4. Your citation mentions your work on many boards – why are those contributions important to you?
I have appreciated the opportunities to work on various boards and councils concerned with research, conservation and protection of the natural environment (e.g. NIWA, Antarctica New Zealand, Nature Conservation Council, National Parks and Reserves Authority) and have enjoyed these experiences. I’m very interested in the research that is carried out by, or facilitated by, these organisations and I’m keen to ensure that the research of high quality proposed in the organisations’ strategic and business plans, can be carried out. I’m also keen to raise public perception and acknowledgement of the value of science and scientists in New Zealand. Through various activities associated with these boards I hope I have been able to contribute in a small way to raising appreciation of science in New Zealand. However, I also get considerable pleasure when an organisation succeeds in research and management programmes that the board has approved.

6. What does it mean to you to receive the 2017 Marsden Medal?
In addition to its awards for achievement in science, the New Zealand Association of Scientists (NZAS) serves a useful role as an outlet for the views of scientists on issues of national relevance and importance relating to science. Acknowledgement by one’s peers in science is the ultimate accolade and I feel enormously privileged to be honoured in this way with the award of the 2017 Marsden Medal. I’m particularly grateful to my nominees who considered me worthy of this award.

7. You are now an Emerita Professor – what are you up to?
Although I am now an Emerita Professor – another acknowledgement that I feel privileged to have been awarded – my curiosity and enthusiasm for science have not waned and I’m pleased to be able to continue some research, co-supervise a few postgraduate students and contribute to various Departmental and University activities and committees. I’m also a member of the Marsden Fund Council and convene the Ecology, Evolution and Behaviour panel to consider applications for grants in these areas. When I’m not at the University you might find me on the tennis courts, tending my garden (which seems to be in constant need of pruning and weeding), at concerts, conferences, seminars, public lectures or reading in my sun-drenched conservatory. Twice a year for the past nine years I have travelled overseas for two to three weeks to experience and learn about the landscapes, climates, flora, fauna and people – their cultures, histories and legacies – that inhabit our wonderfully diverse planet.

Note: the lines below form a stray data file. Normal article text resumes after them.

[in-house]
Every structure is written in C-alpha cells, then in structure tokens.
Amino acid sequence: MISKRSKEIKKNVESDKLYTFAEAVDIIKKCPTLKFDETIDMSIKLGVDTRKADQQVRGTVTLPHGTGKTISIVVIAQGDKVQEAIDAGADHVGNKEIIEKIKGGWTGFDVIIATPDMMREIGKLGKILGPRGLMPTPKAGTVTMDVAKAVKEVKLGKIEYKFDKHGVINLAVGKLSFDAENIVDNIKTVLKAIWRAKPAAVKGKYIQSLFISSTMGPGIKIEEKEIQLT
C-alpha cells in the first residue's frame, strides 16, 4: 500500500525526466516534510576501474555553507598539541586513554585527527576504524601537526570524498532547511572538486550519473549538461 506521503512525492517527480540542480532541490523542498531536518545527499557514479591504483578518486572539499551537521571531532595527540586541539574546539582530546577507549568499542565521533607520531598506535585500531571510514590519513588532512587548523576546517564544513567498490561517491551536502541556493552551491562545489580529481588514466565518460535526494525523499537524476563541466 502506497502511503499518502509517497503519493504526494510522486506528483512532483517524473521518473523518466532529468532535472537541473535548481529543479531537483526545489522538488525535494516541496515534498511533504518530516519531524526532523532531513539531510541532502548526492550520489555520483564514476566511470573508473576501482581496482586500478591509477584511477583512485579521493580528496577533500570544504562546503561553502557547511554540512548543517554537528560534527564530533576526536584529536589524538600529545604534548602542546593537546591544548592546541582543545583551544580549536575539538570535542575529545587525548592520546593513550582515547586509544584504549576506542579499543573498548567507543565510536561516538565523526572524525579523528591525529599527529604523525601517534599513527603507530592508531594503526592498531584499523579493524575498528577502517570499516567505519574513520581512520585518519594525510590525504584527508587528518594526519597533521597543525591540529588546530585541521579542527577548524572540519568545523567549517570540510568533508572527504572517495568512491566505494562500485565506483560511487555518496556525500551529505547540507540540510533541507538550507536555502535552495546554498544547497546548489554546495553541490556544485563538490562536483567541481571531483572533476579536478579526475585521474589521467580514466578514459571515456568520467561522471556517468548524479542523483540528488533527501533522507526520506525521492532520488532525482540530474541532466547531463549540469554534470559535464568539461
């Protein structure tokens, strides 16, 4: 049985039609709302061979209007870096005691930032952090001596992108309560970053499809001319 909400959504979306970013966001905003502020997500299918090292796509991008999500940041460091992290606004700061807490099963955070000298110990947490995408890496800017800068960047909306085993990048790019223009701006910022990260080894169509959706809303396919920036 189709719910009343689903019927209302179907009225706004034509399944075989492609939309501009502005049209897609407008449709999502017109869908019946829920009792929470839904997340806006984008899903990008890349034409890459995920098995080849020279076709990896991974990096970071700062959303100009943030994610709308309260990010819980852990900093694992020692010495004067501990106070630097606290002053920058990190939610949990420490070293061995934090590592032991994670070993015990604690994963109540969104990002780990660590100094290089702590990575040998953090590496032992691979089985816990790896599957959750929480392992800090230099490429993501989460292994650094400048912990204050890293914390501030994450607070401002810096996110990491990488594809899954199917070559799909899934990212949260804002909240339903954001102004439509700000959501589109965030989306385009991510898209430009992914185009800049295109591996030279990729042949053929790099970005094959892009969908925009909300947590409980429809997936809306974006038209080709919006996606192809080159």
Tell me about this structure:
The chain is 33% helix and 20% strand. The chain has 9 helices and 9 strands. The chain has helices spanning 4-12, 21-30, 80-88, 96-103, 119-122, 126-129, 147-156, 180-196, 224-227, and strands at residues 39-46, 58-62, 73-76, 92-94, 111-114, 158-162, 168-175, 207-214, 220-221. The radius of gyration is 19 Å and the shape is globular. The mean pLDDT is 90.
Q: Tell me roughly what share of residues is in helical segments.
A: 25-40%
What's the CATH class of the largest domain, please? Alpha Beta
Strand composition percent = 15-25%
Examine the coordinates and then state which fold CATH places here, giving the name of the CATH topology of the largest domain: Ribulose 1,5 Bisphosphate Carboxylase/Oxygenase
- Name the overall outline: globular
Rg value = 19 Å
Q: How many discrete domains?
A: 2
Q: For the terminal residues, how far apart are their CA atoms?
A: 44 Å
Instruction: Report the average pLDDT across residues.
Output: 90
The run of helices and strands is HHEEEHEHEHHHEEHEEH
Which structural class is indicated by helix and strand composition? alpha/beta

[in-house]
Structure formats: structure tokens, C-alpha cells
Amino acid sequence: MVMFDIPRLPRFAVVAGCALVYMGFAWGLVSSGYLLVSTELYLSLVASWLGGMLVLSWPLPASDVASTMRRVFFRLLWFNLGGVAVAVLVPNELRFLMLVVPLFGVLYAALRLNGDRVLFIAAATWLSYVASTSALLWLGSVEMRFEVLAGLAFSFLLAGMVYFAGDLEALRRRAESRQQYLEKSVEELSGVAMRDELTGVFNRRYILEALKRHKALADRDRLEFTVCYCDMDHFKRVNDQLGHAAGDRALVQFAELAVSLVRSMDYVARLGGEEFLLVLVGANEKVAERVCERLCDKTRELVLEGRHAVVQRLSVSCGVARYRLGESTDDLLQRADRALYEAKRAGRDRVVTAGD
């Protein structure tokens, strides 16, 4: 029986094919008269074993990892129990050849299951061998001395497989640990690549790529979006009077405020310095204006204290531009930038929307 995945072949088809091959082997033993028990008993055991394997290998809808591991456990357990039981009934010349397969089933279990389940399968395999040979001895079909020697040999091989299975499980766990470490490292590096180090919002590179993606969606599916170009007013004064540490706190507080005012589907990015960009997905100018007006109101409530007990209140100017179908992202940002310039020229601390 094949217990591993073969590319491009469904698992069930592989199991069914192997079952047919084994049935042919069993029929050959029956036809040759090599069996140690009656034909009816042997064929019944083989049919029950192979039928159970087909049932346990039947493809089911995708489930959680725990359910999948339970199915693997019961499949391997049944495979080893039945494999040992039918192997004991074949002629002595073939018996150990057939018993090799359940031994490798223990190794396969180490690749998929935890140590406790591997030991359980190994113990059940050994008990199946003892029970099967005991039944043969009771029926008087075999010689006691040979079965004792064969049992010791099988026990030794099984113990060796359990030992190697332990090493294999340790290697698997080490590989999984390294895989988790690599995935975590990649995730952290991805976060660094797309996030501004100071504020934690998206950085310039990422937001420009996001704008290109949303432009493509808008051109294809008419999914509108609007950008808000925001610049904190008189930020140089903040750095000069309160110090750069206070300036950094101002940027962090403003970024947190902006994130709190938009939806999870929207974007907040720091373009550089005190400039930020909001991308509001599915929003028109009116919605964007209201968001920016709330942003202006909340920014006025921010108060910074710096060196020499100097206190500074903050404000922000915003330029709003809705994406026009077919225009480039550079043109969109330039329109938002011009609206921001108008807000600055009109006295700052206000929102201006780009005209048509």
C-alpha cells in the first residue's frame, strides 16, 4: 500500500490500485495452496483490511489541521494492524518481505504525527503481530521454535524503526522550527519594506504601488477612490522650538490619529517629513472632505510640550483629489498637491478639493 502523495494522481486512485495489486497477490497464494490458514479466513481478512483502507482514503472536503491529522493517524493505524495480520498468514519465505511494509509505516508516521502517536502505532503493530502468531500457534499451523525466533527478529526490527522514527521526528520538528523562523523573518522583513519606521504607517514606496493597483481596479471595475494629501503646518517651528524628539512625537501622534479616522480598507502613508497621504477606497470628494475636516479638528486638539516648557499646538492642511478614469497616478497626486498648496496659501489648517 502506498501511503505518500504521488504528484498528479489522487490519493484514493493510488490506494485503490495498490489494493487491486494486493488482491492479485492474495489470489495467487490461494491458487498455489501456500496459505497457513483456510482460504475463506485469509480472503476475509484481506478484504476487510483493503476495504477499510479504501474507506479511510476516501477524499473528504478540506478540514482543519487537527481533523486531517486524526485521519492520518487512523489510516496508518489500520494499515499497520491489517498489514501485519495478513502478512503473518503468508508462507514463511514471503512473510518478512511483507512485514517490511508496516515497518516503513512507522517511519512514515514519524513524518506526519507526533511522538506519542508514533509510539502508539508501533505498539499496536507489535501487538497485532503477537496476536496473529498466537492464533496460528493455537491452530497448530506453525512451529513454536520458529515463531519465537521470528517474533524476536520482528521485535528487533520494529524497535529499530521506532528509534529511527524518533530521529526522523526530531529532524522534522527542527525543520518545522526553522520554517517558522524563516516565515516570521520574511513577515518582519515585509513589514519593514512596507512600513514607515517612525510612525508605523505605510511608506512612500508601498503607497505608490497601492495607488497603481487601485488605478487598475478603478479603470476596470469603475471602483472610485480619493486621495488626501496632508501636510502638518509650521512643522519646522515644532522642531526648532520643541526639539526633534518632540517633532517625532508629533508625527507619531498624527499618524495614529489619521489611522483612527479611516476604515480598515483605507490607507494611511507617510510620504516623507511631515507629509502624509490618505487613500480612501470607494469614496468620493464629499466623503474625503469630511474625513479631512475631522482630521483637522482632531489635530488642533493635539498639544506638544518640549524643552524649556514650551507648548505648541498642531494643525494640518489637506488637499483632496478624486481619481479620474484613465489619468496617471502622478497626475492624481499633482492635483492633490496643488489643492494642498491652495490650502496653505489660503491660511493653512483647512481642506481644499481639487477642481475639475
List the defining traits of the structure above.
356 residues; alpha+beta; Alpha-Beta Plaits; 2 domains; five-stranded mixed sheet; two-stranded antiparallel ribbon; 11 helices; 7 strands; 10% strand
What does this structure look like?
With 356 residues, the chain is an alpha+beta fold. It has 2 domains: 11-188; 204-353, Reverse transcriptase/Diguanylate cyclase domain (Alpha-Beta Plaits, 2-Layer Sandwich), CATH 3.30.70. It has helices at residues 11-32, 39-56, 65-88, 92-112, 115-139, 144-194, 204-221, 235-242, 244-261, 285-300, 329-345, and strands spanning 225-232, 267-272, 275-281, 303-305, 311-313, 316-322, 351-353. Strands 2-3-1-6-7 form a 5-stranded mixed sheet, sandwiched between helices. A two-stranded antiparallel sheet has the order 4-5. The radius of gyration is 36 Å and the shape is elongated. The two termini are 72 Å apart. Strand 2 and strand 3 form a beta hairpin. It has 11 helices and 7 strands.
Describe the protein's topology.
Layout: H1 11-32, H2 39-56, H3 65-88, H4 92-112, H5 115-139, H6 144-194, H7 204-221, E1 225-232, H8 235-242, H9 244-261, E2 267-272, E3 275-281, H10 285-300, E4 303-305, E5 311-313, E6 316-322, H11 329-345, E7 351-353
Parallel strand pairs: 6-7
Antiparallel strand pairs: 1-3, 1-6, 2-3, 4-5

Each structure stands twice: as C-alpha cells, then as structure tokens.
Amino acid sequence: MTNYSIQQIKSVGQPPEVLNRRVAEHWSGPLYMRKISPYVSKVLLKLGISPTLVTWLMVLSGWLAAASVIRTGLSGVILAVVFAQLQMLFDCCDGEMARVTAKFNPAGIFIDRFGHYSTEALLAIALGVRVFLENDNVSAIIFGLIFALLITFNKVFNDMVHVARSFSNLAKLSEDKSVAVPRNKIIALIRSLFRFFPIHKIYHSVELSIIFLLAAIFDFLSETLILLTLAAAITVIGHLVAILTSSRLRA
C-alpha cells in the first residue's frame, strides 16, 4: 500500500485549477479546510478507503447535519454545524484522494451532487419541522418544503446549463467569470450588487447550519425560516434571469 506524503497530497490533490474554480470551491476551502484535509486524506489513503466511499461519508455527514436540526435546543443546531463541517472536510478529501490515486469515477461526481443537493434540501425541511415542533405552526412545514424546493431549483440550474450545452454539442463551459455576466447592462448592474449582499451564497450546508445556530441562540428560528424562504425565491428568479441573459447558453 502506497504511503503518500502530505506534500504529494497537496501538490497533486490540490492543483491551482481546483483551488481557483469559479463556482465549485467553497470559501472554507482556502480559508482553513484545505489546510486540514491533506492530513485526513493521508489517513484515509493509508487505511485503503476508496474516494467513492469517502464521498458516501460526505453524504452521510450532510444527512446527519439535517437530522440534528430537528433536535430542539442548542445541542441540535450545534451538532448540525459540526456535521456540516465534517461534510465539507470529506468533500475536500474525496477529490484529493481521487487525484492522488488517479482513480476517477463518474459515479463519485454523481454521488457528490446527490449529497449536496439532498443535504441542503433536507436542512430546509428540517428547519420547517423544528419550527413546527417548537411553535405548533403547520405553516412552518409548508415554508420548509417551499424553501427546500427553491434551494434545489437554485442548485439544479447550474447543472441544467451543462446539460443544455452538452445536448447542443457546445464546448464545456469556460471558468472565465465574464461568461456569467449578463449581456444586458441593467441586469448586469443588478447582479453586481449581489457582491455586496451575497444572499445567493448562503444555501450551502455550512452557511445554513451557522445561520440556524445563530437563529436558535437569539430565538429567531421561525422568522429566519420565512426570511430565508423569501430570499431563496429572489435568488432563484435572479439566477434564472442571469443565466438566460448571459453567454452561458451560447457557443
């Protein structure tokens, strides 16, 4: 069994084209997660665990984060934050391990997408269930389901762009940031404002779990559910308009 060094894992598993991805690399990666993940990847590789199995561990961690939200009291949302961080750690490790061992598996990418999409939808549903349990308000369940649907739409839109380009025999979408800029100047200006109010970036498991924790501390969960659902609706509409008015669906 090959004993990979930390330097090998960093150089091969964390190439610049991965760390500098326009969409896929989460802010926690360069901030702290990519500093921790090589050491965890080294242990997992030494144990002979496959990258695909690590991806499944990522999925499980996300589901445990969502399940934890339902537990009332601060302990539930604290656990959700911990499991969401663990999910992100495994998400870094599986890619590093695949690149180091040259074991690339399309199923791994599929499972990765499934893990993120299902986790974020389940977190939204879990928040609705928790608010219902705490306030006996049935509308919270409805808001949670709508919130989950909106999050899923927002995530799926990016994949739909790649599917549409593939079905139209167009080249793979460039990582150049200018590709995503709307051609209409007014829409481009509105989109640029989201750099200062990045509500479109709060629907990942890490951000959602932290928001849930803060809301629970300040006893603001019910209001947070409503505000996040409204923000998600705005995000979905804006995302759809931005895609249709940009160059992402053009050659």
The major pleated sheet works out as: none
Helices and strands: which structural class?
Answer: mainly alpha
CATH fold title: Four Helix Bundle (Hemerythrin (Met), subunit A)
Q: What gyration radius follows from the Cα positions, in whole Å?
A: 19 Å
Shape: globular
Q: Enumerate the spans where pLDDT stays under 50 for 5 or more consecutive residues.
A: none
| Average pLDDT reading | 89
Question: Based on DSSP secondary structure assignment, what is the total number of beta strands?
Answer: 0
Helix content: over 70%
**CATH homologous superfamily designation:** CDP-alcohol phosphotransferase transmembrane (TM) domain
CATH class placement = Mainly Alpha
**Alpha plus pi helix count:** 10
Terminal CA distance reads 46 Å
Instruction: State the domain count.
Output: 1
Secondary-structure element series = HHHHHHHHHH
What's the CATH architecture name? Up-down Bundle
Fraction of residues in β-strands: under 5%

8. Any advice for other researchers?
Unless you are passionate about research in science it is, like most other endeavours such as teaching, writing, performance art (e.g. painting, violin) or sport, probably not worthwhile committing to a career in science. You need the passion to sustain your interest and perseverance through times of failure, inadequate or no funding for your research, rejection of your findings, disruption to your projects, and other ‘stumbling blocks’. However, if you are passionate about your research, you can and will achieve your goals and enjoy your successes. For me, a university academic position has provided an ideal opportunity to pursue my love of scientific research while at the same time passing on my enthusiasm, knowledge and curiosity about aspects of Earth’s ecosystems and biota to students and staff through my teaching. I couldn’t have chosen a better career!